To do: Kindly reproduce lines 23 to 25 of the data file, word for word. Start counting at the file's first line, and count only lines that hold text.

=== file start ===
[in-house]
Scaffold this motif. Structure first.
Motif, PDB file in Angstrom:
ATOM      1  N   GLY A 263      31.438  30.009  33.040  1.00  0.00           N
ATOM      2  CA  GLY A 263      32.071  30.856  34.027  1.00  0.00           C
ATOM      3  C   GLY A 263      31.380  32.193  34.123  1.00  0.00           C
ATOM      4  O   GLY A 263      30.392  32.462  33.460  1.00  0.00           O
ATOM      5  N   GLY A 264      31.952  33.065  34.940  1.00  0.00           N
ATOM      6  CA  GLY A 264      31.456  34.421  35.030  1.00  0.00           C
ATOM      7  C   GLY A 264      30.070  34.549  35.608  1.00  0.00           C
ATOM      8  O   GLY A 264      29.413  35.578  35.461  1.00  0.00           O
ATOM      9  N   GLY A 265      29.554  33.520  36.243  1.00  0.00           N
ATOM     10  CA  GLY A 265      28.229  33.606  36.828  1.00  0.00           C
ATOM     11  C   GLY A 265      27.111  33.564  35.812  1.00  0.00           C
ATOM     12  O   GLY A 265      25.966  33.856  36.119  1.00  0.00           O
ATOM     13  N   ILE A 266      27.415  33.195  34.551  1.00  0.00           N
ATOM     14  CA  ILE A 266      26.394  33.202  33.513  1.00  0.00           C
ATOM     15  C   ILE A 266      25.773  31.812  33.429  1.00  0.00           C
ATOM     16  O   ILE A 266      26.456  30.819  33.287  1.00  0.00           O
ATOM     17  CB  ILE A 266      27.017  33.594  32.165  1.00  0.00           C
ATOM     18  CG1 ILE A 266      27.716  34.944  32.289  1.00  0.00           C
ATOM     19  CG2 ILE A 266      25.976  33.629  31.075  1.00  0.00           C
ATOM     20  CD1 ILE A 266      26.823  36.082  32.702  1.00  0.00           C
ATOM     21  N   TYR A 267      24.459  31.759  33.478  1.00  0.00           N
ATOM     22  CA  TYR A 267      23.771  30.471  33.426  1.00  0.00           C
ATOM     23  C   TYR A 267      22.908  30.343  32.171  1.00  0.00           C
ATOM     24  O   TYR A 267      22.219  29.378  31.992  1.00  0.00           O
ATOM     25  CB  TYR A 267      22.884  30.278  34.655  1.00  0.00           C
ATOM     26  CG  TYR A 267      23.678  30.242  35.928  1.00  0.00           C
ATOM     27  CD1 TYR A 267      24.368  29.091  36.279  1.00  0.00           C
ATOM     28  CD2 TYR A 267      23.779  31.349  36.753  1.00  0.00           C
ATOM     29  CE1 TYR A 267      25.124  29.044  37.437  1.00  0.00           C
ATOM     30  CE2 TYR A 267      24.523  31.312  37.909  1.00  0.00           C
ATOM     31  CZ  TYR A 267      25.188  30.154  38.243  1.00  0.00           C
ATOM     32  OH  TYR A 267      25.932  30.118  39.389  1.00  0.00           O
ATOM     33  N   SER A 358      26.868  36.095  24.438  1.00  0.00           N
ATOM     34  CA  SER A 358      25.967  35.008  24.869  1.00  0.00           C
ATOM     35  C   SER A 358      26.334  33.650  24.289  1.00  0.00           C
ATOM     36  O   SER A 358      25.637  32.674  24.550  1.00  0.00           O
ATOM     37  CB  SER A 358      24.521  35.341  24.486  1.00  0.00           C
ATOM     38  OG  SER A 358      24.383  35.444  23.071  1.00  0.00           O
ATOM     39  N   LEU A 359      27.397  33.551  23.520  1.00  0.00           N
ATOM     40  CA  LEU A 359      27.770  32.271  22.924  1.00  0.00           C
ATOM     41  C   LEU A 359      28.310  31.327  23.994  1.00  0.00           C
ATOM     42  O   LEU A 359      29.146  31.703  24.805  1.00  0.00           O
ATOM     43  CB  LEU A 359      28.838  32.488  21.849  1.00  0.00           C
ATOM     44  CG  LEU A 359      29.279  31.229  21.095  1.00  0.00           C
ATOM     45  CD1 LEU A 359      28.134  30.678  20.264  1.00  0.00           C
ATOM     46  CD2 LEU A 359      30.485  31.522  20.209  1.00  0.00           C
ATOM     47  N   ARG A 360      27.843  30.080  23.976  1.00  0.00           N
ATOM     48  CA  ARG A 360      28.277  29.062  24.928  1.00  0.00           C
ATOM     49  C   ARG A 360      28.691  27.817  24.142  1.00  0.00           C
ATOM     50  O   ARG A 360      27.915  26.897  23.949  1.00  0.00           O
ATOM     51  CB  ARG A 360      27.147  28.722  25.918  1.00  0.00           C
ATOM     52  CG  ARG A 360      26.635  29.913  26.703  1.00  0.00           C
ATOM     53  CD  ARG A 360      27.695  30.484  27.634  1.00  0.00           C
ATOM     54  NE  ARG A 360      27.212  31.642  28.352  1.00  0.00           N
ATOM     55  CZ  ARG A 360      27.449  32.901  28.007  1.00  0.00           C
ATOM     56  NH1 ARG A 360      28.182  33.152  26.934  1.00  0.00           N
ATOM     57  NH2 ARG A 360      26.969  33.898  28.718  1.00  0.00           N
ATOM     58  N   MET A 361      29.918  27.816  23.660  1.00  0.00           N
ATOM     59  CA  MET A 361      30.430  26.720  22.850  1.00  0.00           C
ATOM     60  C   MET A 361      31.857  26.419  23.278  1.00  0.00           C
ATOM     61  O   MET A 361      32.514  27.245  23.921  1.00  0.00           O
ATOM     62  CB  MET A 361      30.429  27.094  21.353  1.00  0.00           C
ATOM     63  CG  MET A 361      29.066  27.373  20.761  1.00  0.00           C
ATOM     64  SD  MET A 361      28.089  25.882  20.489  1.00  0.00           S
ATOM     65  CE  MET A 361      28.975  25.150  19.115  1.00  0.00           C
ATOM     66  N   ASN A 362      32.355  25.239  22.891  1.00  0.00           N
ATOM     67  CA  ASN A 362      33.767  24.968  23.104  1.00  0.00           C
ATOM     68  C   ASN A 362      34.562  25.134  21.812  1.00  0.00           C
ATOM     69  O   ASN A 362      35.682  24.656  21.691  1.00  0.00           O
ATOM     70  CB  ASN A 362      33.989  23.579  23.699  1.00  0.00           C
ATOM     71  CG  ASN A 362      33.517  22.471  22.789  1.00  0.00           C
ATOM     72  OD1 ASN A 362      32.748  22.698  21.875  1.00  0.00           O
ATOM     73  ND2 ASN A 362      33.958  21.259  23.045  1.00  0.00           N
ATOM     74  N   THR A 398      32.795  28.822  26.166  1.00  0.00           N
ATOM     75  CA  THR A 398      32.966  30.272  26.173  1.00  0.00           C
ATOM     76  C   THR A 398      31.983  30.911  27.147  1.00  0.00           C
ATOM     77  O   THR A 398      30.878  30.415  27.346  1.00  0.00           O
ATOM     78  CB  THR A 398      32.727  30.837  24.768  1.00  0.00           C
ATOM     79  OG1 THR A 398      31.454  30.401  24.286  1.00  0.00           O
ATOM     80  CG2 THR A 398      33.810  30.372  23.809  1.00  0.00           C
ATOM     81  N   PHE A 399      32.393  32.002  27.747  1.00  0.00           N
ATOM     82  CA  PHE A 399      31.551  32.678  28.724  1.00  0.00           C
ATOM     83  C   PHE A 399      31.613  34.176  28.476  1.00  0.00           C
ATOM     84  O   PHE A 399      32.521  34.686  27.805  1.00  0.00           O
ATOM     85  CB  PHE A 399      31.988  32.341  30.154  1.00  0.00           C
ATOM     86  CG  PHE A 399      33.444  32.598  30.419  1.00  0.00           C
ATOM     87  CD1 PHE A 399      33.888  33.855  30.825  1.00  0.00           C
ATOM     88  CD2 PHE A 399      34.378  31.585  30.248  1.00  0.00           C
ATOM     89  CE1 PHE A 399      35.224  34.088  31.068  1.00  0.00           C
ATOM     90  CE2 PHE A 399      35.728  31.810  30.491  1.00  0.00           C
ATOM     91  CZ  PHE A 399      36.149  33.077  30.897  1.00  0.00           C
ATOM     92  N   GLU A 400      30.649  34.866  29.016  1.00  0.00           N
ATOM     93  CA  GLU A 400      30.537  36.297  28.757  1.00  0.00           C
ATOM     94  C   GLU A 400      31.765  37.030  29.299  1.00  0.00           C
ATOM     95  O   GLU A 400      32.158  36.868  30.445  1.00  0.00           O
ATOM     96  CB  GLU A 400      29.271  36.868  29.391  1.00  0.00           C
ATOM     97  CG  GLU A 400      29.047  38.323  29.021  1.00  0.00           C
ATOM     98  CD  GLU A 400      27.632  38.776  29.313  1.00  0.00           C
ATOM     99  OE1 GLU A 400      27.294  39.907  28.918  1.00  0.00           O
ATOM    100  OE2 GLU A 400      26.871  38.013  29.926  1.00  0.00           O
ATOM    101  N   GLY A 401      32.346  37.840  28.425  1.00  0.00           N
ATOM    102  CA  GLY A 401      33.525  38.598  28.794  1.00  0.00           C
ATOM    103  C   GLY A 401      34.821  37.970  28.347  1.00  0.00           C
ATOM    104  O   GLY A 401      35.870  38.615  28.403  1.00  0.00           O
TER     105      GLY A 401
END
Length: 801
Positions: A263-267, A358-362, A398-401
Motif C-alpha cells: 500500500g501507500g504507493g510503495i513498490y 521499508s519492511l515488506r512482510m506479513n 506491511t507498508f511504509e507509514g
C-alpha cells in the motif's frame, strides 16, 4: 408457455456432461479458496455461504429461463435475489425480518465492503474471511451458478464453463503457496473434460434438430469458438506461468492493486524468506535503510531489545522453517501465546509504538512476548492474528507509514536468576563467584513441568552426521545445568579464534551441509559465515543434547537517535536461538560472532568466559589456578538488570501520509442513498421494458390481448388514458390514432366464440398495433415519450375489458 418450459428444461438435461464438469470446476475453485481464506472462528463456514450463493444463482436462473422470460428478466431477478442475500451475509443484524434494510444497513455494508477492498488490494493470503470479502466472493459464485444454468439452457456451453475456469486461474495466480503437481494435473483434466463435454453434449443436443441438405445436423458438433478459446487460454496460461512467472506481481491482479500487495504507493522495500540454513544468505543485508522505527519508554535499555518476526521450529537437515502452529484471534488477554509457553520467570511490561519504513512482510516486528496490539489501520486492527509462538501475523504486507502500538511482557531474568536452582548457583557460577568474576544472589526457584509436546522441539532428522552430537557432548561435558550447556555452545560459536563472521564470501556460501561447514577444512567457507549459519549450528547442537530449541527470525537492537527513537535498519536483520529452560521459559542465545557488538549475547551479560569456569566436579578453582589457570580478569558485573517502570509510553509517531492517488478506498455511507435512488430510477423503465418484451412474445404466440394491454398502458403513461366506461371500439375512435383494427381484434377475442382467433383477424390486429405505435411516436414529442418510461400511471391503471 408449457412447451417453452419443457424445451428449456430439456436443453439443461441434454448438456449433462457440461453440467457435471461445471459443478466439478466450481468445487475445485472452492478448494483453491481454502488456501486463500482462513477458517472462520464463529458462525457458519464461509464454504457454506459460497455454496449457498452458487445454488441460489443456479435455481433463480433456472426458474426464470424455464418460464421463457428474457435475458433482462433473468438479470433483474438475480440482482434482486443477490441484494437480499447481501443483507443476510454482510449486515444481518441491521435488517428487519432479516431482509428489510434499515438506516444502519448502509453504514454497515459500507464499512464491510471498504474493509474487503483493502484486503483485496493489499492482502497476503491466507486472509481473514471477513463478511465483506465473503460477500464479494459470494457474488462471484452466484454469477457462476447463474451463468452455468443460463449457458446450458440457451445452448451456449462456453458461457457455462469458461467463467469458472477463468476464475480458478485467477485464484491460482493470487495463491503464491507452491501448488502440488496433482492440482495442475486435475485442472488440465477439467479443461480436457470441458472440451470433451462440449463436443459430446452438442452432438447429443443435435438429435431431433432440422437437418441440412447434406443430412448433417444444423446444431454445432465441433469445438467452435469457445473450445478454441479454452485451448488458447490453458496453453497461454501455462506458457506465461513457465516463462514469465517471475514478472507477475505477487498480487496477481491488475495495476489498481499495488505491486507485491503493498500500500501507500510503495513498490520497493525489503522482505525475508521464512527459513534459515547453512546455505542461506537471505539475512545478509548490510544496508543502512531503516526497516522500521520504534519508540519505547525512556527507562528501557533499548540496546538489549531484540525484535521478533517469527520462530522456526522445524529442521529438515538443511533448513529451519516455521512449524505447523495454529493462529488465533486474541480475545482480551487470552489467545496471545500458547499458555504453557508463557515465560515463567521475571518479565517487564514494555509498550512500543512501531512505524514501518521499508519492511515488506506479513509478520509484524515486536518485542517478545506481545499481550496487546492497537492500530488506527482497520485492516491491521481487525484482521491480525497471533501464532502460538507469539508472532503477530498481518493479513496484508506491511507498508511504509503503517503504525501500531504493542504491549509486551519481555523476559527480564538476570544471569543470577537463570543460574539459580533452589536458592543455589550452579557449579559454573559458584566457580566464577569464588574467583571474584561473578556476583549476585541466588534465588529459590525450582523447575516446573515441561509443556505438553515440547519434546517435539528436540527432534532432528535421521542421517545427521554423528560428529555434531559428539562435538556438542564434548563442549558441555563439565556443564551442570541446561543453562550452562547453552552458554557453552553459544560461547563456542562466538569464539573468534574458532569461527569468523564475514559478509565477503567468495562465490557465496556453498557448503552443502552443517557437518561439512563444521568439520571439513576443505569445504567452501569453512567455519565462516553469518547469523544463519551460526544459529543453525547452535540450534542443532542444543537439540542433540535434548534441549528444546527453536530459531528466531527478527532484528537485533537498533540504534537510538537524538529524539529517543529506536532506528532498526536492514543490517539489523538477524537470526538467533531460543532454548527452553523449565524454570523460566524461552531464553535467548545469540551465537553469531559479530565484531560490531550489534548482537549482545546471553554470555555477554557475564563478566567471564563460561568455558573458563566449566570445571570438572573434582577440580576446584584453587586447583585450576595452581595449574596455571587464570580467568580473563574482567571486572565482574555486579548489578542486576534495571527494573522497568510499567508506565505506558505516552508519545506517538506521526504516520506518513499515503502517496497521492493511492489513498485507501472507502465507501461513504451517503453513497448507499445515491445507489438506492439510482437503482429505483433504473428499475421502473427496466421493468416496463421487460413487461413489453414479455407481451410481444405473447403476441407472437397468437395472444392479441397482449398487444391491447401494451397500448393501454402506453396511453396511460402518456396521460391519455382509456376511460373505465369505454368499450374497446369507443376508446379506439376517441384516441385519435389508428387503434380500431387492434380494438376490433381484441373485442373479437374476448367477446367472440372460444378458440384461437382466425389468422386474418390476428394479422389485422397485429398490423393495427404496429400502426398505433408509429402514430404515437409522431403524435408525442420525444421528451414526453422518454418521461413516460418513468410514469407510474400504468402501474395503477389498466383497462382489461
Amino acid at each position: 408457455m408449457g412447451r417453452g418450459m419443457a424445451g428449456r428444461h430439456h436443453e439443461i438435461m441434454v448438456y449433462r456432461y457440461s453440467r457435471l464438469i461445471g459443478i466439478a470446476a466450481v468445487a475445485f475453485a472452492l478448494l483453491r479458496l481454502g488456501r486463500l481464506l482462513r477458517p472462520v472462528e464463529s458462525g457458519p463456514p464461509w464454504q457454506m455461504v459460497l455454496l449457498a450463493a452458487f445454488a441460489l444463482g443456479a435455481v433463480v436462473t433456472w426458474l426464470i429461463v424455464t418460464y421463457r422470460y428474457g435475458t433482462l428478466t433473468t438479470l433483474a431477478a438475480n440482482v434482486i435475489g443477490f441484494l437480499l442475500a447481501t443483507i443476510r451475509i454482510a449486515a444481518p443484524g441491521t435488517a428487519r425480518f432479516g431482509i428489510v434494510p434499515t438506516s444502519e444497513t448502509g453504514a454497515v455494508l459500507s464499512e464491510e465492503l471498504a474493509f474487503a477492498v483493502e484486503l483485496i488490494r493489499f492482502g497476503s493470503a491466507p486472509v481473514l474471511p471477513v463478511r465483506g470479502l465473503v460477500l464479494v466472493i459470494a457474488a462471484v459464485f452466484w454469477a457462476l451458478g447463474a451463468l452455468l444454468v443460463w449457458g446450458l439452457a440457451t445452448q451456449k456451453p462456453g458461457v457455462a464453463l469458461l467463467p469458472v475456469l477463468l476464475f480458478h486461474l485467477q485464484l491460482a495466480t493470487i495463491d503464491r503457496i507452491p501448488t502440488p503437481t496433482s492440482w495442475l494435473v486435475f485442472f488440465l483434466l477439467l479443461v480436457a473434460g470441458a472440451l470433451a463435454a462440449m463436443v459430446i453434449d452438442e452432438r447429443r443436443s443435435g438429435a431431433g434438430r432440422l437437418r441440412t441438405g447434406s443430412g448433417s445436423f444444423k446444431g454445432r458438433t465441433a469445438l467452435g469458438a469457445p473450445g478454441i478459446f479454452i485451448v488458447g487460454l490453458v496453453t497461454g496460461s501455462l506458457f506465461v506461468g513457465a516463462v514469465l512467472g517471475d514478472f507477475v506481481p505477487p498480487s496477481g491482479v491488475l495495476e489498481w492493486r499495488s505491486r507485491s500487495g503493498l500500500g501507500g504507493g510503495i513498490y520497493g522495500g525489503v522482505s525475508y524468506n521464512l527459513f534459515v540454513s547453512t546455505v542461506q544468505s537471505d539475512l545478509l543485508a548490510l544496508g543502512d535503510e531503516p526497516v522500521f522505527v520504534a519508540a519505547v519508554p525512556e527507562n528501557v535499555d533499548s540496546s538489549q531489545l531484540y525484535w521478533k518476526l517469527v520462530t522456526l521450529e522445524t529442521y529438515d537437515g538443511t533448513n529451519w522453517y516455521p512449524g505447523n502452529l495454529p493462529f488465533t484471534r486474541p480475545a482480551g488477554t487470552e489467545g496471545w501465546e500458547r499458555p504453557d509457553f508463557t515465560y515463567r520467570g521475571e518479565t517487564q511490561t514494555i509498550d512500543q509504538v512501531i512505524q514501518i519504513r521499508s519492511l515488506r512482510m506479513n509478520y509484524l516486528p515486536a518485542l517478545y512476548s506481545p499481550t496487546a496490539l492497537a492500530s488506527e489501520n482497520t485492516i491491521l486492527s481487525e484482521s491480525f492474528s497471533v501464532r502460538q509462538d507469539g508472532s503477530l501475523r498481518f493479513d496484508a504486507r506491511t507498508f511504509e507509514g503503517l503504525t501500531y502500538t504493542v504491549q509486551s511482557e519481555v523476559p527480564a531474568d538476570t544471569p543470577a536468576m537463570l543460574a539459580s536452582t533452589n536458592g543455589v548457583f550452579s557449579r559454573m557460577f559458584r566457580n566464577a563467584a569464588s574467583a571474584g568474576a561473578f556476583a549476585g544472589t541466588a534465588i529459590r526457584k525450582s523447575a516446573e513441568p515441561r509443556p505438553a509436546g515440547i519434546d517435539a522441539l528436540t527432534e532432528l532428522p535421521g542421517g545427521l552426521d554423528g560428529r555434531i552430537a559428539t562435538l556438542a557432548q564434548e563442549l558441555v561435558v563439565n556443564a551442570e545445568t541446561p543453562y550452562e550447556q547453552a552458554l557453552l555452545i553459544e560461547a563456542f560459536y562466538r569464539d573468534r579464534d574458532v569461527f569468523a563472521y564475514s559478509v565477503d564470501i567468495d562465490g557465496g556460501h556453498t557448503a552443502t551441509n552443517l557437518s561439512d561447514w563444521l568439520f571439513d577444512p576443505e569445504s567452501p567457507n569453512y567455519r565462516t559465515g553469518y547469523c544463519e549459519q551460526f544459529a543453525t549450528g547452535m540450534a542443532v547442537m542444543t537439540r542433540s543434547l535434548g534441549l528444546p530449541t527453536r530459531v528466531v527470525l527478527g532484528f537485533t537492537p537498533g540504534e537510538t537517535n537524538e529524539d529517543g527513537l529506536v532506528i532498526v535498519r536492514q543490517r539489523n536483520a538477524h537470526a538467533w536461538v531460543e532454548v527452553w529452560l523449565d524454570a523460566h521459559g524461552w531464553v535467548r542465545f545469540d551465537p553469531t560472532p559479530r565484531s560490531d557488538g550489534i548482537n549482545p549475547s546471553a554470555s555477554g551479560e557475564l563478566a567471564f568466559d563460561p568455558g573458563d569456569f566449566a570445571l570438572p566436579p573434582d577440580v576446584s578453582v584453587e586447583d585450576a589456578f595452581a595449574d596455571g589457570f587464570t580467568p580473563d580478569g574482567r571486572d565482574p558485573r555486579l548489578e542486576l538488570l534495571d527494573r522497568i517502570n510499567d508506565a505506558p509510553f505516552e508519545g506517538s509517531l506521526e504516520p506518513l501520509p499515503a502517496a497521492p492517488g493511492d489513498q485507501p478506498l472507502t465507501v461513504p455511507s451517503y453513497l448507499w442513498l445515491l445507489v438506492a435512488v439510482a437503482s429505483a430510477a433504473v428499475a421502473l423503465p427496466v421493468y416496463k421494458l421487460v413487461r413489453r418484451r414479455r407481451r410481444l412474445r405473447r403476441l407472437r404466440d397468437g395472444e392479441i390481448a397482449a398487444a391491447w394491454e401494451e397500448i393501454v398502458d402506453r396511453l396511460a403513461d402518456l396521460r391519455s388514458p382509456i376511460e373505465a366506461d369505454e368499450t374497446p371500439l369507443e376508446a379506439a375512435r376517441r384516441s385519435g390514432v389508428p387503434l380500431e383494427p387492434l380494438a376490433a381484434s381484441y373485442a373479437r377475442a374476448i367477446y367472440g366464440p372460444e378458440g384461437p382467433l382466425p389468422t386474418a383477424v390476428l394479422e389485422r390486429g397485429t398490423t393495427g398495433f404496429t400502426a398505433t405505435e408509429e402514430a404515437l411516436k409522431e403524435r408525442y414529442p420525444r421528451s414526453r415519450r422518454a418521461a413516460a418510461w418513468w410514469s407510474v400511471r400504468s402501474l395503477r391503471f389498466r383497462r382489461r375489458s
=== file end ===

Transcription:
ATOM     20  CD1 ILE A 266      26.823  36.082  32.702  1.00  0.00           C
ATOM     21  N   TYR A 267      24.459  31.759  33.478  1.00  0.00           N
ATOM     22  CA  TYR A 267      23.771  30.471  33.426  1.00  0.00           C